Network Analyst, Network Engineer, sometimes referred to as a Network Support Engineer. The role sometimes overlaps with Network Architect roles. Typical responsibilities / skills: work with a variety of types of networks including LANs, WANs, GANs and MANs; determine network capacity requirements and ensure that the infrastructure can handle it; monitor and administrate the network; troubleshoot problems. Depending on the size of the organization, a person in this role might also setup, install and configure all types of hardware, from servers and printers to desktops and laptops, routers, switches, support internal network users. Non-standard work hours are a possibility.
Depending on the size of an organization, network architects may design internal and intra-office networks, including physical layout: LAN, WAN, Internet, VoIP, etc.; monitor network usage and performance, devise network tests and evaluate them; incorporate any new business requirements so as to upgrade overal network architecture; do any necessary cabling, routers, and install and configure hardware and software; follow or recommend a budget for projects; choose or recommend the appropriate network components; sometimes report to a CTO (Chief Technology Officer). Network Architects usually have five or more years of experience as a Network Engineer, and supervise various other engineers in implement a networking plan. Besides a Bachelor of Science degree, depending on the employer and the specific role, sometimes an MBA in Information Systems is required as well.
Network Security Engineers are responsible for network and server architecture; implementation, admin, upgrade of hardware and software, e.g., firewalls, etc.; enforcement of security policies set down by either the organization’s Network Architect, Network Security Administrator, or similar position; monitoring and analyzing network usage for security issues; troubleshooting network problems; contributing to the selection of new technology and/or upgrades; contributing to the documenting of systems and processes; providing technical support for IT coworkers. Certification may be required. Knowledge of computer telephony technologies such as VoIP may be required, along with an understanding of relevant compliance issues. May require some physical effort, for cabling and installation work.
Systems Analyst, Systems Engineer - This role is sometimes referred to as a Computer Systems Analyst, with duties that might overlap that of an IT Project Manager, if overseeing installation or upgrade of computer systems. This role typically analyzes an organization’s computer systems and procedures; makes recommendations for process improvement; interacts with partners/ vendors and with programmers or programmer / analysts. Educational background might be technical, though this is more of an analytical than technical role that is focused on the business aspects of technology, including: analyzing the cost of system changes; the impact on employees; potential project timelines. Needs to interact with department managers on IT requirements; incorporate feedback from both internal and external users into business requirements documents; incorporate feedback from designers; contribute technical requirements; advise technical teams on their and their technology’s role in the organization; provide guidance to programmer / developers with use cases.
Ask yourself if you can see yourself being a network engineer, working with technical concepts and complex equipment, which can be challenging. While engineering classes and internships will prepare you well, certain innate qualities that you bring to bear will help you succeed.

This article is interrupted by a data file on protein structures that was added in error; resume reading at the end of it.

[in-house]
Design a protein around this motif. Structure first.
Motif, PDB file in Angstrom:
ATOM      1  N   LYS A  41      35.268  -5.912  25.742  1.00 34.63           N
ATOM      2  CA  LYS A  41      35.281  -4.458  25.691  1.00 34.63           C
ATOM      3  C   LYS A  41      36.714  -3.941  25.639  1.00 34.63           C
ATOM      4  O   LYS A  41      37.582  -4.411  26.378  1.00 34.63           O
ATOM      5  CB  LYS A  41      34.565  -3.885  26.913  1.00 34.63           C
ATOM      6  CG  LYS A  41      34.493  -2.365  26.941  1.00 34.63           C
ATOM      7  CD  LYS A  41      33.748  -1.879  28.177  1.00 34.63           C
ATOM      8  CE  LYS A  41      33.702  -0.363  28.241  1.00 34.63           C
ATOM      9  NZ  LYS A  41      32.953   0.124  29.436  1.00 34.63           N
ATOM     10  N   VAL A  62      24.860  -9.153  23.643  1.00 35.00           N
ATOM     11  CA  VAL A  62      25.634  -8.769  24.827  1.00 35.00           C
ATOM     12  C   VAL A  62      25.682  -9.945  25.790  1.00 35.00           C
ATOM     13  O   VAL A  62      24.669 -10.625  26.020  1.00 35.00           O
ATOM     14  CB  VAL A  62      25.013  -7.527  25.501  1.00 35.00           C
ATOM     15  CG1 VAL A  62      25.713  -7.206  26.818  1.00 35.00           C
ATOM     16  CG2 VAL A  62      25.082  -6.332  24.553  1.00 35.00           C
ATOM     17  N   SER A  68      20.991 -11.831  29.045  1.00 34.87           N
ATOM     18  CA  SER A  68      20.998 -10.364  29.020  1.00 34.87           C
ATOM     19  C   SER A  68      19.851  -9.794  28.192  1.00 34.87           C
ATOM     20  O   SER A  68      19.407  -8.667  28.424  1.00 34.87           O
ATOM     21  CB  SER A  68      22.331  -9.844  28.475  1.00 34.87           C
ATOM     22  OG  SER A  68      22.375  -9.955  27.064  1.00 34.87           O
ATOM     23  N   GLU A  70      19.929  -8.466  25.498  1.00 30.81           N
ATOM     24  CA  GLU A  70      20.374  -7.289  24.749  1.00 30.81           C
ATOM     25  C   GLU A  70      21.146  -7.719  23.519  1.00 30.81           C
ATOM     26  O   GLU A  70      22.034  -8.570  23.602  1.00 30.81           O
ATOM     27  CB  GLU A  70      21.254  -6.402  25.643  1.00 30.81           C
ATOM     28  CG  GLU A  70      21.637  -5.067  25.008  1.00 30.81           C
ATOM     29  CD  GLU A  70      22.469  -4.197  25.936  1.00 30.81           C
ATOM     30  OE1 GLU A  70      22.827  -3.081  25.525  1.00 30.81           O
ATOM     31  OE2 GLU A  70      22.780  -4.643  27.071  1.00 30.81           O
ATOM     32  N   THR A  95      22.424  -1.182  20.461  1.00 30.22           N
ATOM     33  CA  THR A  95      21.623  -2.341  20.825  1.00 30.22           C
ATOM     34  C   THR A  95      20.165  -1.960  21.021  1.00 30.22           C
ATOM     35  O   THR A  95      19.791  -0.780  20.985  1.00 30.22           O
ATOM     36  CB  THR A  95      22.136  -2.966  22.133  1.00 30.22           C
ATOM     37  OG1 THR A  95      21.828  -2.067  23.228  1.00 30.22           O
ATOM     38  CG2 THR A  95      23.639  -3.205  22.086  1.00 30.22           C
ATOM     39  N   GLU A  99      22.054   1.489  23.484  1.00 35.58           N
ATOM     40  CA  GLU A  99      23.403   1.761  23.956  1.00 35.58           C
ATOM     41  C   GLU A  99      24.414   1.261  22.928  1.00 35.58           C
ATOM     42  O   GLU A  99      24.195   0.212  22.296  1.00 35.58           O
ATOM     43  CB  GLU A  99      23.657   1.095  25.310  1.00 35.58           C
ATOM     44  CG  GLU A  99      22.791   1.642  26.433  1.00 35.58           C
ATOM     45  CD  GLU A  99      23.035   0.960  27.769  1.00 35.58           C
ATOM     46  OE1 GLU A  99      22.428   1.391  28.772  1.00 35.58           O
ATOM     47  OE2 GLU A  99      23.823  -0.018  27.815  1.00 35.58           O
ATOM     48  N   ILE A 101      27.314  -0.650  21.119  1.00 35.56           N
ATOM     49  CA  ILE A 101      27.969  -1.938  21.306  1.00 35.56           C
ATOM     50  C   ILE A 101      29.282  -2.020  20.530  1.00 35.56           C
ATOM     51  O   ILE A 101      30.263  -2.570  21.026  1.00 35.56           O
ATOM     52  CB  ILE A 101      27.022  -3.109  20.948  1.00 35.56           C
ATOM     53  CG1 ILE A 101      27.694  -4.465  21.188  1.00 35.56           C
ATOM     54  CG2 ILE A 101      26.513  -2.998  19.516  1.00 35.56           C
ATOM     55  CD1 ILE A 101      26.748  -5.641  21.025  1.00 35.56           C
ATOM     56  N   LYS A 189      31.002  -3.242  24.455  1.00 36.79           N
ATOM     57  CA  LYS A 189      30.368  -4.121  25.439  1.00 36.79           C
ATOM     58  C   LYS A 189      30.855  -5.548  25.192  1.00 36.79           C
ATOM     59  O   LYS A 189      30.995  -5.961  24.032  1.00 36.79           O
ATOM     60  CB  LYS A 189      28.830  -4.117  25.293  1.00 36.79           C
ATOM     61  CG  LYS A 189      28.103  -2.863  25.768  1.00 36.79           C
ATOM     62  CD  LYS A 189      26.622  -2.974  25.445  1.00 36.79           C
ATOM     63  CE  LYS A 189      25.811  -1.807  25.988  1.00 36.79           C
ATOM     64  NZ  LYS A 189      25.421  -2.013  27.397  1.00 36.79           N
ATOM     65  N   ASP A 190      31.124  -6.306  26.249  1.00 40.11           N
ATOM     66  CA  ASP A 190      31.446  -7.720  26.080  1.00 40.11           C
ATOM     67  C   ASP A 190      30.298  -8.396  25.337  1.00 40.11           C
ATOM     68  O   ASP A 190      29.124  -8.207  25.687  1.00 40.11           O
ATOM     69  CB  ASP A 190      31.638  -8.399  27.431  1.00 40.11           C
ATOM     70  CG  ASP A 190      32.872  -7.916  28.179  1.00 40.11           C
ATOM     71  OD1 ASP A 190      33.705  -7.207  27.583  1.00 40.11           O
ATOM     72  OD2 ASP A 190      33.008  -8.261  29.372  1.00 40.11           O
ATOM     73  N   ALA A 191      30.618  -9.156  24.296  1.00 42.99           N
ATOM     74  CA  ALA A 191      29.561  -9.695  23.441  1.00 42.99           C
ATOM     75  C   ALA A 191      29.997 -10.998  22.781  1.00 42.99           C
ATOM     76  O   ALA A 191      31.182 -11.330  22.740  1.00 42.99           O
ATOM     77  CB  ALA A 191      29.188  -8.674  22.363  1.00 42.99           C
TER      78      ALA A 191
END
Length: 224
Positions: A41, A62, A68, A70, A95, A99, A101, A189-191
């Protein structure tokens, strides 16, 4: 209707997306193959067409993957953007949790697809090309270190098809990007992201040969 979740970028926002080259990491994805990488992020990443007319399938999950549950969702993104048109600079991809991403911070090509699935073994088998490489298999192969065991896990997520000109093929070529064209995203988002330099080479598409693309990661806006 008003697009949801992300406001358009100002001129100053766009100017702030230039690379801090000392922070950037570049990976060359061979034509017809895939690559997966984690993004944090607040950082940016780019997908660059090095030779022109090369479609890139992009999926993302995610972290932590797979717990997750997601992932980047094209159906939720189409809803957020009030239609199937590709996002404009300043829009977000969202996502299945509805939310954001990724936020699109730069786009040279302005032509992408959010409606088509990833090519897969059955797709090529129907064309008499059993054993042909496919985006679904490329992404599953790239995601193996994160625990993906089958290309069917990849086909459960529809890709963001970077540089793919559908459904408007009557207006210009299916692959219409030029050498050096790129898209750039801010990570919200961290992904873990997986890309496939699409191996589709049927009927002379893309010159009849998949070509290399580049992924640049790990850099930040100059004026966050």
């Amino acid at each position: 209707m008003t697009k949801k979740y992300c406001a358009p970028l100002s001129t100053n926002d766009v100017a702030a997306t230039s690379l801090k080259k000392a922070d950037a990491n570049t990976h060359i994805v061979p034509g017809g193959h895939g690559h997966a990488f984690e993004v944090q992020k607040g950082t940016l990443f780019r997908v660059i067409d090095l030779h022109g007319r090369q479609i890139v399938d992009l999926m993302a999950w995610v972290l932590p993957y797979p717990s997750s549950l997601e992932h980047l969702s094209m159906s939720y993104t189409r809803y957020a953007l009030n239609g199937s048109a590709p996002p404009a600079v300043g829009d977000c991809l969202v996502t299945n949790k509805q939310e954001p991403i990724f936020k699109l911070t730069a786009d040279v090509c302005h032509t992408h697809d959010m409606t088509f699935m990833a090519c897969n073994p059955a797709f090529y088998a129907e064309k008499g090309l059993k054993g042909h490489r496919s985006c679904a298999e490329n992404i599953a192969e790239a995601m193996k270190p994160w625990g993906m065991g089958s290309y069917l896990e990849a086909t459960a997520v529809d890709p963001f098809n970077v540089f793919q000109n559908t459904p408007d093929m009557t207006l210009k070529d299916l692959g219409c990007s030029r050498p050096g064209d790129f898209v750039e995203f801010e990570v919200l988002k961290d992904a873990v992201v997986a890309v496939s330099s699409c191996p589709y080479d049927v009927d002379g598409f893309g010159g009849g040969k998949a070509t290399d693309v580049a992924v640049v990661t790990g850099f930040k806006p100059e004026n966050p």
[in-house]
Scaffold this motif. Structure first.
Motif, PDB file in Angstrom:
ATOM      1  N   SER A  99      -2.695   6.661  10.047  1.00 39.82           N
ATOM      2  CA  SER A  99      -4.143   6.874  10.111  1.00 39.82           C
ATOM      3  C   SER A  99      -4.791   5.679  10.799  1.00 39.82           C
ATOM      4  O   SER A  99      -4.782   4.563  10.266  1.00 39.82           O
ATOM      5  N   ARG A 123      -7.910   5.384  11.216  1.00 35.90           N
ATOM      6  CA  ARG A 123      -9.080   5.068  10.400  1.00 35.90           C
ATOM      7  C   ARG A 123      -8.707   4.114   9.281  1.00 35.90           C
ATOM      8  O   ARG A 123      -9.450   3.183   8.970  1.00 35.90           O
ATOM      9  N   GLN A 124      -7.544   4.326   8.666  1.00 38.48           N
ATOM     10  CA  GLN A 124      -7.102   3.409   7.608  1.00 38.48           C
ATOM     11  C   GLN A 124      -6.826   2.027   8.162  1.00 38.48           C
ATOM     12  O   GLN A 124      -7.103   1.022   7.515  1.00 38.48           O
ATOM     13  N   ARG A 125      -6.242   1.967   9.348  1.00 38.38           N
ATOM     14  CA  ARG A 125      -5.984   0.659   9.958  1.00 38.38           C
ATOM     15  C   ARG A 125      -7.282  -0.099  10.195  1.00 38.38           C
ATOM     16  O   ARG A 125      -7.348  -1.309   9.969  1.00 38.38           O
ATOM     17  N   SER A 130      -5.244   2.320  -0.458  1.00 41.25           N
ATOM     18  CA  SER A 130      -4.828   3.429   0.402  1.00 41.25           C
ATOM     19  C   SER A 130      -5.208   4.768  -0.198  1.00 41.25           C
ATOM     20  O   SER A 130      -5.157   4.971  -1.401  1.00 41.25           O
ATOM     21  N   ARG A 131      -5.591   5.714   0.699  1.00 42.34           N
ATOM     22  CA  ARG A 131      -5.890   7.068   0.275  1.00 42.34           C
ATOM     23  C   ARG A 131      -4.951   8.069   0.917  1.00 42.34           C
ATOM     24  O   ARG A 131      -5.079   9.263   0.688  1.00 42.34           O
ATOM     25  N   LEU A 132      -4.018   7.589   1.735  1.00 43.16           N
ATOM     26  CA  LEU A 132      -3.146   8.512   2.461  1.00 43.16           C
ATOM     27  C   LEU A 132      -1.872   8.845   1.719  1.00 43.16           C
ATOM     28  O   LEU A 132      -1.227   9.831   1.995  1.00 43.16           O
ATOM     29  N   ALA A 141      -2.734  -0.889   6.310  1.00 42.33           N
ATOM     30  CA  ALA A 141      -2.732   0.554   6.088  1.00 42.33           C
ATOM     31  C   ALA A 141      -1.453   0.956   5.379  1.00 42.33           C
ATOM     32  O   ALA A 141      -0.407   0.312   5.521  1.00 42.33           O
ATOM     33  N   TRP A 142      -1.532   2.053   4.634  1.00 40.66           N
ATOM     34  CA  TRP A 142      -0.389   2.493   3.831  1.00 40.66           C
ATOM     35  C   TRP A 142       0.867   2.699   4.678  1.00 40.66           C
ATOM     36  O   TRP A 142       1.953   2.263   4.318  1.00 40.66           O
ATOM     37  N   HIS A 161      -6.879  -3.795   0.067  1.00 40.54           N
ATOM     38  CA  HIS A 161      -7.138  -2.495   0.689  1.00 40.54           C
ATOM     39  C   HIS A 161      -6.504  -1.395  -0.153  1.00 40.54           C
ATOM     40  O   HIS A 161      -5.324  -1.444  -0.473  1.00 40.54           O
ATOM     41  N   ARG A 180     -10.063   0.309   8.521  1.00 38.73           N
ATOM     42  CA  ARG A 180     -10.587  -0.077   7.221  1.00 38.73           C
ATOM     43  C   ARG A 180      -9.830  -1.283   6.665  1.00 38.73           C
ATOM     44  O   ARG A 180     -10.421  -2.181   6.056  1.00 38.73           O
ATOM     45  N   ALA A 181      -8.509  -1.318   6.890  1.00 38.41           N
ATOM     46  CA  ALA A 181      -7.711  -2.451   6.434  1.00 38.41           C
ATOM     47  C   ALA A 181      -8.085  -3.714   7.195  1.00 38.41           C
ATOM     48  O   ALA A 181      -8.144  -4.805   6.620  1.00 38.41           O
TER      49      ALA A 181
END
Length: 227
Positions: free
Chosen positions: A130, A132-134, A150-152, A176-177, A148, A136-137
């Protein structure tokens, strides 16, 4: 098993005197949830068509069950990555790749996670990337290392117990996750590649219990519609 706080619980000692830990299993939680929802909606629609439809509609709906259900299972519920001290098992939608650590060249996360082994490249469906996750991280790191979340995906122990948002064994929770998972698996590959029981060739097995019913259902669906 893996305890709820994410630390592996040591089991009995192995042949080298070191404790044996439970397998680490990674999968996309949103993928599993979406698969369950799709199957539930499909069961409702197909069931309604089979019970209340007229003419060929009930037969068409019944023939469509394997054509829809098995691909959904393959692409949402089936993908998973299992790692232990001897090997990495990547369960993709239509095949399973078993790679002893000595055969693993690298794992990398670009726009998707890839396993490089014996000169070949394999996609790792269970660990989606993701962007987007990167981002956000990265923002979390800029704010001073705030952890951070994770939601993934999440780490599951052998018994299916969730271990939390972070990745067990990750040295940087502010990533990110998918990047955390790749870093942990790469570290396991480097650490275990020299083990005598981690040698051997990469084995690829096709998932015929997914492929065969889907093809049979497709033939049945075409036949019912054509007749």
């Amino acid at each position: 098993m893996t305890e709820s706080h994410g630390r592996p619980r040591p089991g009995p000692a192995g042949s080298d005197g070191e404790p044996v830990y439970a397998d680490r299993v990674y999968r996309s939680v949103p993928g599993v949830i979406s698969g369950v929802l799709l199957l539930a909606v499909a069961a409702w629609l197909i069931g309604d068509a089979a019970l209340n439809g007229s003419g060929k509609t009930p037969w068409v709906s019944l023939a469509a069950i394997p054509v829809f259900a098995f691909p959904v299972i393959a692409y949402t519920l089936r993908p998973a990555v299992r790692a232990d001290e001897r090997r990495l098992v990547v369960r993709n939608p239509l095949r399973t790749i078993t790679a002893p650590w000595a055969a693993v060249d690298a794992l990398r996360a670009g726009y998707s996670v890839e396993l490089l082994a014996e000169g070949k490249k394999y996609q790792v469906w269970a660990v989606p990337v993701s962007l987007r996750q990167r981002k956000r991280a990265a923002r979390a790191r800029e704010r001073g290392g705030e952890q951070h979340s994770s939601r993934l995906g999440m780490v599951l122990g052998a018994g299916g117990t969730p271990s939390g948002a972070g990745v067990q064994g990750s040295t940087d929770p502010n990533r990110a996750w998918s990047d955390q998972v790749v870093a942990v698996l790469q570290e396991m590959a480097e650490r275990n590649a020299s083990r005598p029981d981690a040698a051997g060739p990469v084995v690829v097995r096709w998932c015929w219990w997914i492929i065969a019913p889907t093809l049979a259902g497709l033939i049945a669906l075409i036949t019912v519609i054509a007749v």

Antennas are widely used in the field of telecommunications and we have already seen many applications for them in this video series. Antennas receive an electromagnetic wave and convert it to an electric signal, or receive an electric signal and radiate it as an electromagnetic wave.
Use of the Internet on the go, or when making mobile phone calls, is made possible thanks to the invisible electromagnetic waves that mobile phones emit or receive. These parcels of electromagnetic frequency (EMF) range, or spectrum, have been allocated to telecom companies via auction.
This animation explains how a mobile phone makes a call, and why there are different generations of mobile communications. Let’s explore the technology behind mobile communications.
How is data routed, from any corner of the world, within a blink of an eye? This has been made possible by a network of cables laid under the ground and below the ocean. The cables, which carry most of the world’s data, are optical fiber trunk cables.
Network security is a complex and constantly evolving field. Practitioners must stay on top of new threats and solutions and be proactive in assessing risk and protecting their networks. The first step to understanding network security is to become acquainted with the actual threats posed to a network. Without a realistic idea of what threats might affect your systems, you be unable to effectively protect them. It is also critical that you acquire basic understanding of the techniques used by both security professionals and those who would seek to compromise your network’s security.
The Security Architecture and Models domain of the Common Body of Knowledge embodies the study of formal models for design and evaluation of systems needed for the highest levels of information security, including those that protect national secrets and other government property. The trusted computing base, or TCB, is the portion of a computer system that contains all elements of the system responsible for supporting the security policy and supporting the isolation of objects on which the protection is based. Included are mechanisms, properties, and concepts that are required for a formal evaluation prior to being used to protect resources and information.